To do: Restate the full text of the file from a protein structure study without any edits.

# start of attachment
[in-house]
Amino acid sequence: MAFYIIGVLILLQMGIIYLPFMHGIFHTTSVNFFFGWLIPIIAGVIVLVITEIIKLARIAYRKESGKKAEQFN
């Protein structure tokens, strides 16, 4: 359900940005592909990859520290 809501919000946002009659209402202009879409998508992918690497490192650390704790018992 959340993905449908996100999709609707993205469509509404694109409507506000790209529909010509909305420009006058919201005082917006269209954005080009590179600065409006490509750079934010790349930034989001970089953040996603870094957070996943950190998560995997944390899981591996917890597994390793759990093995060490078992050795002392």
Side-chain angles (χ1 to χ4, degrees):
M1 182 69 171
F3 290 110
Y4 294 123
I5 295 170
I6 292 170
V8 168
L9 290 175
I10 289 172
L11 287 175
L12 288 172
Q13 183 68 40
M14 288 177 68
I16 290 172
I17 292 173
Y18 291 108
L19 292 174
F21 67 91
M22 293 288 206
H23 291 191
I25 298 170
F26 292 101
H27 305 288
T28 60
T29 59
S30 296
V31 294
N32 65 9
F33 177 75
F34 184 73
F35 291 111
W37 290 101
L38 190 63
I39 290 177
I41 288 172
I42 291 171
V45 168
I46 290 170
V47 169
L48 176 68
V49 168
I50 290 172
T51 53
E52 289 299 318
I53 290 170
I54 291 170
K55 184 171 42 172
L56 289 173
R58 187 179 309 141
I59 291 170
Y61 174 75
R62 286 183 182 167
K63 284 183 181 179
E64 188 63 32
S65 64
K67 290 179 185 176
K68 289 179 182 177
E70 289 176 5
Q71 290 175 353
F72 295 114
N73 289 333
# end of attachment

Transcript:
[in-house]
Amino acid sequence: MAFYIIGVLILLQMGIIYLPFMHGIFHTTSVNFFFGWLIPIIAGVIVLVITEIIKLARIAYRKESGKKAEQFN
């Protein structure tokens, strides 16, 4: 359900940005592909990859520290 809501919000946002009659209402202009879409998508992918690497490192650390704790018992 959340993905449908996100999709609707993205469509509404694109409507506000790209529909010509909305420009006058919201005082917006269209954005080009590179600065409006490509750079934010790349930034989001970089953040996603870094957070996943950190998560995997944390899981591996917890597994390793759990093995060490078992050795002392």
Side-chain angles (χ1 to χ4, degrees):
M1 182 69 171
F3 290 110
Y4 294 123
I5 295 170
I6 292 170
V8 168
L9 290 175
I10 289 172
L11 287 175
L12 288 172
Q13 183 68 40
M14 288 177 68
I16 290 172
I17 292 173
Y18 291 108
L19 292 174
F21 67 91
M22 293 288 206
H23 291 191
I25 298 170
F26 292 101
H27 305 288
T28 60
T29 59
S30 296
V31 294
N32 65 9
F33 177 75
F34 184 73
F35 291 111
W37 290 101
L38 190 63
I39 290 177
I41 288 172
I42 291 171
V45 168
I46 290 170
V47 169
L48 176 68
V49 168
I50 290 172
T51 53
E52 289 299 318
I53 290 170
I54 291 170
K55 184 171 42 172
L56 289 173
R58 187 179 309 141
I59 291 170
Y61 174 75
R62 286 183 182 167
K63 284 183 181 179
E64 188 63 32
S65 64
K67 290 179 185 176
K68 289 179 182 177
E70 289 176 5
Q71 290 175 353
F72 295 114
N73 289 333